After a four-year hiatus, the Cathedral of Saint John the Divine in Morningside Heights relaunched its favorite holiday tradition, the 25th annual holiday artisan market dubbed “Crafts at the Cathedral.”
From Dec. 1 through Dec. 3, steady flow of visitors browsed the aisles in the central part of the world’s largest gothic Cathedral for holiday presents like pottery, sculptures, jewelry, paintings, and much more, presented by 85 crafters featuring their magnificent handcrafted art.
Robyn Markowitz attended the show for the first time and knew many of the artists, showcasing and selling their work.
“I think all of the work here is unique and really well conceived and beautifully executed,” Markowitz said.
It was also Markowitz’s first time visiting the Cathedral.
“[The Cathredal is] magnificent. It’s a beautiful space. It is just absolutely stunning to be in this gorgeous building,” Markowitz said. “The art in this Cathedral is magnificent. It seems to blend well with the show.”
The fine crafts show, which benefits the work of Saint John and its programs, was produced and curated by Richard Rothbard and Joanna Rothbard, owners of An American Craftsman Galleries.
The Rothbard’s know a thing or two about putting on shows at this scale since they have produced shows and exhibits since the 1980s, like the Berkshires Arts Festival.
Richard Rothbard said they were looking for originality and art that “wasn’t run of the mill” when they curated the show.
“Obviously not manufactured,” Rothbard said. “But you’re really looking for things that you’re not going to find in stores or unless it’s a gallery like mine, of which there’s very few.”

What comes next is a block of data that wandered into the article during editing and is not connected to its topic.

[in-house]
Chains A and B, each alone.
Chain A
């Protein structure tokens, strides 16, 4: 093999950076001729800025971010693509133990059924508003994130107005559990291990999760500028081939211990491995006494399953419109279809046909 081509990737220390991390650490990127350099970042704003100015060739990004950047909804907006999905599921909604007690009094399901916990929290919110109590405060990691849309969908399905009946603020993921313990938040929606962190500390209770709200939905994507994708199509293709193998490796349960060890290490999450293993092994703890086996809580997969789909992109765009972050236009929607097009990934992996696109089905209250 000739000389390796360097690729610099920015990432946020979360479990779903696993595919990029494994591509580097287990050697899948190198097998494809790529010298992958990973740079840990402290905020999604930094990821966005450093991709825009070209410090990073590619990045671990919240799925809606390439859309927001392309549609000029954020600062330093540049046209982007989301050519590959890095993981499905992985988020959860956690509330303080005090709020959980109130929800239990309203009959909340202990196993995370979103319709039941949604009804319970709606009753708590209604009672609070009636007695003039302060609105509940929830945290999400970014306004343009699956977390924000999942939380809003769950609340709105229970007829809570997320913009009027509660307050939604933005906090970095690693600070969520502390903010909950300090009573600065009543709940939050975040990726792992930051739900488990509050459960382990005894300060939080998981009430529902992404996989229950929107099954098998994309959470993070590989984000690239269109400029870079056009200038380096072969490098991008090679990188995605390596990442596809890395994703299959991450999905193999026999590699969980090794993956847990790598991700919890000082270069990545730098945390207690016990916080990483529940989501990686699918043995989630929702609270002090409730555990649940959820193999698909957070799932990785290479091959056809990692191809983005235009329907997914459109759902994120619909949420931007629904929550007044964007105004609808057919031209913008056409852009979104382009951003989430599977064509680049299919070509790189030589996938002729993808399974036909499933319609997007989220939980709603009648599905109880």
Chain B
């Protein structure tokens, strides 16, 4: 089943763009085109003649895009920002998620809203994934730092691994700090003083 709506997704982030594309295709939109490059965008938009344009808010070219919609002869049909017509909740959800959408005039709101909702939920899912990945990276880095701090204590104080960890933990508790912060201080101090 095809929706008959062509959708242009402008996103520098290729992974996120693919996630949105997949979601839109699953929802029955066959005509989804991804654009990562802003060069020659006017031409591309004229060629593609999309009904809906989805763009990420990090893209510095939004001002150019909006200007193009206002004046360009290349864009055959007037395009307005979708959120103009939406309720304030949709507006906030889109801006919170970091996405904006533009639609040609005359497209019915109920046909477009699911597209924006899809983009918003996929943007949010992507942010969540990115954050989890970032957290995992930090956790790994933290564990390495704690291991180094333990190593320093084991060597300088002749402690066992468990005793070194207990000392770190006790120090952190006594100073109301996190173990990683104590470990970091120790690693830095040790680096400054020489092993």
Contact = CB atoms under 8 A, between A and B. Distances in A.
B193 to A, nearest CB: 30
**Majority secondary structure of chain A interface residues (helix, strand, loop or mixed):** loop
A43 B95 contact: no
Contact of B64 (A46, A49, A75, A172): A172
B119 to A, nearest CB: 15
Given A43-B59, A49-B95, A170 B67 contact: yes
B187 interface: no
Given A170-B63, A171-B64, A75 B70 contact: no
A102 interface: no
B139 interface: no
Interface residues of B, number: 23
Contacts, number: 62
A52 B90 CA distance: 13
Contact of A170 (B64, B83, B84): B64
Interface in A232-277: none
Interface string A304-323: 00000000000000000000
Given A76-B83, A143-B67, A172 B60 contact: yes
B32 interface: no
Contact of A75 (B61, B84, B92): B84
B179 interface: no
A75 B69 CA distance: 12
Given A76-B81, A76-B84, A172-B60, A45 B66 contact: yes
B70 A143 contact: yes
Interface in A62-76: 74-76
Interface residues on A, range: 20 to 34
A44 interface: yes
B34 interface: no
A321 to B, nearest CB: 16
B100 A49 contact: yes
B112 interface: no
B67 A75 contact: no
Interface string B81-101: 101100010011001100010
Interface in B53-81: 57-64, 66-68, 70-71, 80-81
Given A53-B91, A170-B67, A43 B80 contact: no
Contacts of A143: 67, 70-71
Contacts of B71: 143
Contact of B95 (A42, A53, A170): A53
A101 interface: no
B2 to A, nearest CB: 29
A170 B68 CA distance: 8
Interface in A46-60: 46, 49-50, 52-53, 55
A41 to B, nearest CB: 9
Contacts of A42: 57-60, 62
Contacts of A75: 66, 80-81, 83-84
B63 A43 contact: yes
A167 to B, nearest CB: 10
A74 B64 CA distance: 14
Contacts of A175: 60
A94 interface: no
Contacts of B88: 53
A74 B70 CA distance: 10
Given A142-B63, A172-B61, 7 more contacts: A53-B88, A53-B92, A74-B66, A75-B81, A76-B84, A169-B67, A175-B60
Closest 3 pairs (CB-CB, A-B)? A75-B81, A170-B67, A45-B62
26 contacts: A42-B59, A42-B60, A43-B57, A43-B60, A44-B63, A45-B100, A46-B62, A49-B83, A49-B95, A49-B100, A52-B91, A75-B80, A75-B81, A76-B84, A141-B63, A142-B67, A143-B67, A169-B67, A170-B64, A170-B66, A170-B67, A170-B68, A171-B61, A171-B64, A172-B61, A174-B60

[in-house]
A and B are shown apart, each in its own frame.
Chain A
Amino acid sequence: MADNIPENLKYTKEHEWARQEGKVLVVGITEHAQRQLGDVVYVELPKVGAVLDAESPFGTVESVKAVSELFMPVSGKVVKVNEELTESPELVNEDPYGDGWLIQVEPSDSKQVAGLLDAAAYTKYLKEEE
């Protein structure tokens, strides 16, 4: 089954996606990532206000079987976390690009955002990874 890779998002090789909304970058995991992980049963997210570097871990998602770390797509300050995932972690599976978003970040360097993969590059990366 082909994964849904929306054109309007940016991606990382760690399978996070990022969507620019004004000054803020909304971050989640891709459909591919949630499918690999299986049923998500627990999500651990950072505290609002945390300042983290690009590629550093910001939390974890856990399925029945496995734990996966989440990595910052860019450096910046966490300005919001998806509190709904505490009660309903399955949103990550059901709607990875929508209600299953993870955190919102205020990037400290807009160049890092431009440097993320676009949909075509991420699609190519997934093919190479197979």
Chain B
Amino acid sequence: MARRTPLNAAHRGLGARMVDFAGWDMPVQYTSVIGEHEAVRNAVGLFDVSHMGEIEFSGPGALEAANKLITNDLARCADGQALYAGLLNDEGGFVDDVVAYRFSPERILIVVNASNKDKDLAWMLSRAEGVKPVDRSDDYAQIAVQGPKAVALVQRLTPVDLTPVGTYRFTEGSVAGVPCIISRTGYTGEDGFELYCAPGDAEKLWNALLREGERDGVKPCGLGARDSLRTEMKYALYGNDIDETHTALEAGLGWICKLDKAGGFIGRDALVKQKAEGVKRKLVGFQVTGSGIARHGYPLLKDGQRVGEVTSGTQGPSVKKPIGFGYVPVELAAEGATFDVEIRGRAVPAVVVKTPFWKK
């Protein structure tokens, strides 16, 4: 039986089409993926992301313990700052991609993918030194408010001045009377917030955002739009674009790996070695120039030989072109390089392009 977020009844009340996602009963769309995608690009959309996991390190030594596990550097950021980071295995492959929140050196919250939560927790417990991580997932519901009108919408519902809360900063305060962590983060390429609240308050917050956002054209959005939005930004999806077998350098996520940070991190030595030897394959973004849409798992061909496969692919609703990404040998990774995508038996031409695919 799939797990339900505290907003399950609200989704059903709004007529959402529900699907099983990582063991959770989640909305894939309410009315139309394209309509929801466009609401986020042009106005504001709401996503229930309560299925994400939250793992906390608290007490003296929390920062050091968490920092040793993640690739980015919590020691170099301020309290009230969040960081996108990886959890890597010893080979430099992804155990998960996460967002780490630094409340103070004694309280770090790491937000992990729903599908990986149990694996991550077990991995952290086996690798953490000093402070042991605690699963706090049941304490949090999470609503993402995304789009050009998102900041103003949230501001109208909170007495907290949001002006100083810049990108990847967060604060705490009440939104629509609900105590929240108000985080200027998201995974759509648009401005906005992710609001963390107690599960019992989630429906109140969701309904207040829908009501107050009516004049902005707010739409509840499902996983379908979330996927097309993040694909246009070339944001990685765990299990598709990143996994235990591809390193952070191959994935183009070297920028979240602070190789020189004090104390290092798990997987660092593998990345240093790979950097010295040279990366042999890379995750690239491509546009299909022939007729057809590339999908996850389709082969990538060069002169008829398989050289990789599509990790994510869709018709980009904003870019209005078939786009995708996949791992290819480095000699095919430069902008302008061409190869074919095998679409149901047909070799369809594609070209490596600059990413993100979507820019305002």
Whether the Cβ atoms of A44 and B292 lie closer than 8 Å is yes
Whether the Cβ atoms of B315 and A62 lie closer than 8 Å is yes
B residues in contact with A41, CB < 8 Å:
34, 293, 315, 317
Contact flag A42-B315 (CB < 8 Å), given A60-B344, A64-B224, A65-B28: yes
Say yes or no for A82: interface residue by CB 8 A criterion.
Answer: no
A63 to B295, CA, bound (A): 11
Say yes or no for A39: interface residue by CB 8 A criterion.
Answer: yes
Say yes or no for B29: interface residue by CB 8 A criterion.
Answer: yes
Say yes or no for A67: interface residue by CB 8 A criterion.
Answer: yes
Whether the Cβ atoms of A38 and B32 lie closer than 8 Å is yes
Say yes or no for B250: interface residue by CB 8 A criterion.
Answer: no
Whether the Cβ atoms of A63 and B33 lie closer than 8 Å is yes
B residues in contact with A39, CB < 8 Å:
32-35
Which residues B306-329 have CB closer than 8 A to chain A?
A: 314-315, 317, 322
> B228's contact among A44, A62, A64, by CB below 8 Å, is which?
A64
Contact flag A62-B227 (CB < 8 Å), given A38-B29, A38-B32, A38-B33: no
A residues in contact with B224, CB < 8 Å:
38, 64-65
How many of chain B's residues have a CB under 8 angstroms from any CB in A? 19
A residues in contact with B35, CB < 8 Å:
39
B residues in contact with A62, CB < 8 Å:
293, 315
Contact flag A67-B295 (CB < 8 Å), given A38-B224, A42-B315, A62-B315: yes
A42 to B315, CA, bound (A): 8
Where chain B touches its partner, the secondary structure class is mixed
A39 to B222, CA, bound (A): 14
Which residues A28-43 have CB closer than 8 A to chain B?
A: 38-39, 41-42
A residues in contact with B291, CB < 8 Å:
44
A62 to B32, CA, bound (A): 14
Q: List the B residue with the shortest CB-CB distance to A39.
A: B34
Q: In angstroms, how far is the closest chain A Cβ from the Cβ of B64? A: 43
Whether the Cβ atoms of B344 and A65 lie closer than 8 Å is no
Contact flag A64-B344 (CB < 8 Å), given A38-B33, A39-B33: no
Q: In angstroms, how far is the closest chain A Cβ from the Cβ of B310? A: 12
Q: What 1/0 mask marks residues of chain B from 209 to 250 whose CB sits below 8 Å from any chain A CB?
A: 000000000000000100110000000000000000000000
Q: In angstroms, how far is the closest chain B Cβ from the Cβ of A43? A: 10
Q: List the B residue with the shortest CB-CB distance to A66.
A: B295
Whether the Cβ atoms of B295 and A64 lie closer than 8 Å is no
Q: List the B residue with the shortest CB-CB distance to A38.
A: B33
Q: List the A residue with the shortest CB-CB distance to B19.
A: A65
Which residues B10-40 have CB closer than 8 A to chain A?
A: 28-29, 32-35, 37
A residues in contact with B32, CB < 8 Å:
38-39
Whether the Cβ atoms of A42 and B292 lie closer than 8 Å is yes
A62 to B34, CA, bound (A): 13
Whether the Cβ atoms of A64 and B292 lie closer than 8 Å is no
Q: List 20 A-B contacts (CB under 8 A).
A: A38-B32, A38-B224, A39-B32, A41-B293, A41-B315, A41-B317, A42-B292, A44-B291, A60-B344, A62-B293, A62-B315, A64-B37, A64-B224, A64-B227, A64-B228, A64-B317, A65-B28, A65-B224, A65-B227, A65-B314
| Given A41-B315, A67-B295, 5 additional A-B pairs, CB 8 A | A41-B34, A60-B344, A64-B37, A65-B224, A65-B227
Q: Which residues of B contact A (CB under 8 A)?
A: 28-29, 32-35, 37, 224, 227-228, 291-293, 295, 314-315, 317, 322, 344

Trefny Dix, who owns Hokanson Dix Glass with her husband, showcased their stunning, one-of-a-kind, limited-production, blown and cast glass art.
It was the first time Trefny Dix participated in “Crafts at the Cathedral,” but Dix shared that they sell their work in shows “up and down the Eastern seaboard.”
Dix loved the space.
“I also have an Art History degree where I studied early Christian mythology. So this is right up my alley,” Dix said.
Art has long been an integral part of the Cathedral. It is home to art pieces like “Altarpiece: The Life of Christ” by the late Keith Haring and Edwina Sandys’s sculpture, “Christa,” a 250-pound bronze statue of a bare-breasted woman on a translucent acrylic cross. The sculpture created a controversy when it was on display in 1984, and the bishop of the Episcopal Diocese of New York had it removed because the statue was “theologically and historically indefensible.”
Currently on display at Saint John’s through June 2024 is “Divine Pathways,” a textile art installation by Brooklyn-based multi-disciplinary artist Anne Patterson.
Kristine Pottinger, Saint John’s director of marketing and communications, explained that the piece, hanging from the vaulted nave of the Cathedral, consisted of 1,110 strands of gold, red, green, and blue ribbons, each 75 feet long.
Pottinger shared that Patterson didn’t know that her installation was the same color scheme as the stained glass window titled “Christ in Glory” behind the Cathedral’s high altar because it was still covered with scaffolding after a fire in 2019.
“So she couldn’t see it,” Pottinger said. “And she just had this vision of what it should be. And then the scaffolding came down. And she was like, ‘Well, that’s it. It was meant to be.'”
The Dean of Saint John the Divine, the Very Reverend Patrick Malloy, said it was important to showcase artists’ creativity, which he believes is “sharing God’s creativity.”
“When we see all of these people producing beautiful things that really come out of their hearts, it stirs up in us a great appreciation for the goodness of humanity that is the beauty of art, and we see the divine hand [of God] at work,” Malloy said.
Malloy’s message for the holiday season was “that there can be light amid darkness.”
“The message I would hope that people have in this Christmas season is to hold on to the hope that there can be light in the darkness because there’s a lot of darkness,” Malloy said. “And if we fall prey to the belief that that’s all there is, then we’ve given up, and that would be the end of us.”